This leads to a devaluation of self and others, and is not what is best for each person. The best thing is still to be in a good relationship that has trust. Studies show that commitment can lead to better health, so this is not just from a moral viewpoint. It’s practical. All humans need closeness, and not getting it leads to frustration, stress and health issues.
      For those opposed to a “Christian” viewpoint, ruminate on this survey: almost 50% of married people (of either sex) have cheated, but 80% think it’s wrong. Why do they think it’s wrong? Is it because of what society tells us? Or is it because of our own conscience?
      Nowadays people seem to think that the conscience is just a social construct. I leave people to think on that. But if you don’t believe in conscience, then think of the importance of having a structured society where people are protected from each orher’s whims. Society will not survive long if people keep doing only what feels good.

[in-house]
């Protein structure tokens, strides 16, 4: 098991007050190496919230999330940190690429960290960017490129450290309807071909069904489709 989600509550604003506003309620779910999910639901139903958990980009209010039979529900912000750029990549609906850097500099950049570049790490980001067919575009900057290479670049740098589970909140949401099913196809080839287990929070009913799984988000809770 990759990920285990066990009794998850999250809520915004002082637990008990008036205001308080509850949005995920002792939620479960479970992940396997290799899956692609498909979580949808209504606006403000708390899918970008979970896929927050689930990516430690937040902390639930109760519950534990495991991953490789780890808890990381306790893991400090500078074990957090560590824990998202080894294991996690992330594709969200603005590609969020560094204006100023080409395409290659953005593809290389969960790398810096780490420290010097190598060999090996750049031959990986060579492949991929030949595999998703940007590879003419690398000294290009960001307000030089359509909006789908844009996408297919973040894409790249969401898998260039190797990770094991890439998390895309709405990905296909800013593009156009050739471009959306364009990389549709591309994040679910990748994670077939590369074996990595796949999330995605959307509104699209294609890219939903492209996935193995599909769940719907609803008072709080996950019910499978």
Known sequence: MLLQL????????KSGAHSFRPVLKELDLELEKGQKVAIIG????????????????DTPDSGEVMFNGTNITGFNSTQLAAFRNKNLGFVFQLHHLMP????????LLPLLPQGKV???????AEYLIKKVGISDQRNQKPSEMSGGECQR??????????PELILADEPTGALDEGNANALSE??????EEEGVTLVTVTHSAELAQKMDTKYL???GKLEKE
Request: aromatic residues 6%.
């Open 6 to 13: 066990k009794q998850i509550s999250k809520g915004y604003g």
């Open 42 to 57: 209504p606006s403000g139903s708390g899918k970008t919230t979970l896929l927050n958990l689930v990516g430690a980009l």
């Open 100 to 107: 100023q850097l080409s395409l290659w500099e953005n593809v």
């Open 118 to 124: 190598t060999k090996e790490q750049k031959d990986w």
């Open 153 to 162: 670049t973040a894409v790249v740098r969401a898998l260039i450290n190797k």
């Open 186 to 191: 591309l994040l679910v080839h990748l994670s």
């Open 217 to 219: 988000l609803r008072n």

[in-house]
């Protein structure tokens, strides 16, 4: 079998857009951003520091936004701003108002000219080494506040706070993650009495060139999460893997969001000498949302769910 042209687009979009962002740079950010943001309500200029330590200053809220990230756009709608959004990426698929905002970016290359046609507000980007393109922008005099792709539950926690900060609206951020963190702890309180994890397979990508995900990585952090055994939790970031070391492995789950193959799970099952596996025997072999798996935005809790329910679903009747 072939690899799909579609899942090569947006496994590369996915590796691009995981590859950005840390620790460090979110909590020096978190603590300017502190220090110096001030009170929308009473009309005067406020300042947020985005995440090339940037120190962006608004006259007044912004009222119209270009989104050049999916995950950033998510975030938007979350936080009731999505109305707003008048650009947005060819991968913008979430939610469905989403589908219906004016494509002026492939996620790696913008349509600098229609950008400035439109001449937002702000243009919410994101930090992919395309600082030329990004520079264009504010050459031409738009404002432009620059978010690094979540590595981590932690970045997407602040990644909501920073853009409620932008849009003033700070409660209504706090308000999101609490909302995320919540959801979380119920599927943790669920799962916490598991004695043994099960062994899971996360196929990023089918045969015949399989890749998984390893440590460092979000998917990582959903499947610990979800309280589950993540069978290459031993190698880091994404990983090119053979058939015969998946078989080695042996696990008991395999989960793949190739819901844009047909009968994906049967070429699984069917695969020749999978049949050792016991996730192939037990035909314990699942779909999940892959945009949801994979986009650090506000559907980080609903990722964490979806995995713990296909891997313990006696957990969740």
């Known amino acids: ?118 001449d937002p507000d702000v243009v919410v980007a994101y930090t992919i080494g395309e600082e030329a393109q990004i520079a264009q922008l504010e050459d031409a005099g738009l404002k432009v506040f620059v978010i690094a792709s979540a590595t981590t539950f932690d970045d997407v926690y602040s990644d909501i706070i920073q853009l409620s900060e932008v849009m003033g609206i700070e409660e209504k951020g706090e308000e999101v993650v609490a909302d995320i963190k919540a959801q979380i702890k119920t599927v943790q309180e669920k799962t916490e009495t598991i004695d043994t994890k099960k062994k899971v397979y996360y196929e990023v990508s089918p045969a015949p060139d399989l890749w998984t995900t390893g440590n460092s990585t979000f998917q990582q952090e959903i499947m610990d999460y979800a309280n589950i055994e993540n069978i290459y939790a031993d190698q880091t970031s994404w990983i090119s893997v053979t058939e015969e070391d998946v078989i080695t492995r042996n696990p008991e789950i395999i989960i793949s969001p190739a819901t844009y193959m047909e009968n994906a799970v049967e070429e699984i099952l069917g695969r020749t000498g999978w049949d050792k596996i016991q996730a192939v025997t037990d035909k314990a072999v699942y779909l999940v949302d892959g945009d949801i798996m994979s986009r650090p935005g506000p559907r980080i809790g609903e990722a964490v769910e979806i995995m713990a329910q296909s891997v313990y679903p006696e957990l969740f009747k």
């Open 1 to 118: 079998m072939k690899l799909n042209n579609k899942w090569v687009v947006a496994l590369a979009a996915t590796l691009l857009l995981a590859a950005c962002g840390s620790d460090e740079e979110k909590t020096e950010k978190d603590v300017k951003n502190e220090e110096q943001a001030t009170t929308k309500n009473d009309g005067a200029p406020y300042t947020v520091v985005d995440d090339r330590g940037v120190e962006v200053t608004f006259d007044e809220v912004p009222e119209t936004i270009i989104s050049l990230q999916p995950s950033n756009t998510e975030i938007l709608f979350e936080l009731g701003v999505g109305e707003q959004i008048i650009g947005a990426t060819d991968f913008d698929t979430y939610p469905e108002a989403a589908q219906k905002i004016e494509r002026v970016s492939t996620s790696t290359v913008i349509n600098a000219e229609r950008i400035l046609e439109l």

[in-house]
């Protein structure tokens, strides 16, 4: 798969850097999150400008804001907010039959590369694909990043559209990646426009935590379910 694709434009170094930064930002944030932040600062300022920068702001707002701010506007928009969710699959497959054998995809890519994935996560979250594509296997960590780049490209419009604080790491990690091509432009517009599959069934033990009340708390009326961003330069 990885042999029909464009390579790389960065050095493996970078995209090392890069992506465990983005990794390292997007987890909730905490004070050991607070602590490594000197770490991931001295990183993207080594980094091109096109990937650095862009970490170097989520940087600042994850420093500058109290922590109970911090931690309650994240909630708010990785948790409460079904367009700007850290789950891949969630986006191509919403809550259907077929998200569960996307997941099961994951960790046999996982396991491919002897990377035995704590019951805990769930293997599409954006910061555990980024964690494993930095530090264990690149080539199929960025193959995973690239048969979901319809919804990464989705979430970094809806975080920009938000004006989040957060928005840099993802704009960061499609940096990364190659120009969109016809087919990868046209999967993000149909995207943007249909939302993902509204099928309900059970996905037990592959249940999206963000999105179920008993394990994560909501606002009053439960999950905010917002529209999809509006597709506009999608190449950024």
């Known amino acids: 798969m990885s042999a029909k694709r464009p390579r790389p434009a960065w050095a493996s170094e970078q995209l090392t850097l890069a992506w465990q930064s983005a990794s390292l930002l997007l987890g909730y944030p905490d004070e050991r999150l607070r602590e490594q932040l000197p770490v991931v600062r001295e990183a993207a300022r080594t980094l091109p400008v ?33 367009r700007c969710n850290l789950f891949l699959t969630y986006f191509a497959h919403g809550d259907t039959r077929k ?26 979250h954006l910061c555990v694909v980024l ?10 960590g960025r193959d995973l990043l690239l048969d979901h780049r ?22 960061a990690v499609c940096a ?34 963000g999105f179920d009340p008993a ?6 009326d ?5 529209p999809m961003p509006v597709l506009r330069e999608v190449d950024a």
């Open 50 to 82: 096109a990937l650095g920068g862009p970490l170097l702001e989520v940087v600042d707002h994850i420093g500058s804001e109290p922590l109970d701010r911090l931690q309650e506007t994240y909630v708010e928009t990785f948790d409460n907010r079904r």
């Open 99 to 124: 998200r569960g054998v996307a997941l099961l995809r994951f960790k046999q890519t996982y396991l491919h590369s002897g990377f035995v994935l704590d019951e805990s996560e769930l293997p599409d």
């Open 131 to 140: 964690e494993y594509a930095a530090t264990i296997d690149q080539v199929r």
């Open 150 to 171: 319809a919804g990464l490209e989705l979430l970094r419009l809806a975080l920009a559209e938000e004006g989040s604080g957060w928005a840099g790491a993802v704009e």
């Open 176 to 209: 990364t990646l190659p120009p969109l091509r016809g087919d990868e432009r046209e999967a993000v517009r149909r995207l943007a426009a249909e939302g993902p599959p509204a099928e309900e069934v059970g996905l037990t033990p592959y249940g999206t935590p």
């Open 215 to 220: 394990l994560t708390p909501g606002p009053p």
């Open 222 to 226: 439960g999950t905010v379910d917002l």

12. Kyle said

    The movie itself a masterpiece…

    It show us difference between men and women, but all about love, sex, and honour. Before comments we need to extract some scenes out of the movie.

    *****
    Everything what touches Dan is fake.
    1. The name Alice Ayres is made by Jane Jones which is /Natalie Portman real name on this movie/, but she tells her real name to Larry, in strip club. We see her real name on the scene where she passes through the US customs. Dan knows her as Alice only.

    2. Chat over the internet. Dan uses fake information, everything he types in there is made by himself. But Larry tells his real name as Larry, as it is.

    *****

    Women think that sex is situation dependent, they give shit about it’s meaning.
    Men think that sex is powerful tool. They care it as a act of honour.

    *****

    It’s about western civilization, not about whole world

    *****

    At the end of the movie Dan sees on the memorial where he visited it at the beginning of the movie with Alice/Jane, a note that says Alice died during the act of saving 3 children from fire. The producer compares Dan, Anna, Larry as a kids who are not capable of helping themselves in this cruel world, and Alice/Jane helped them to sort it out.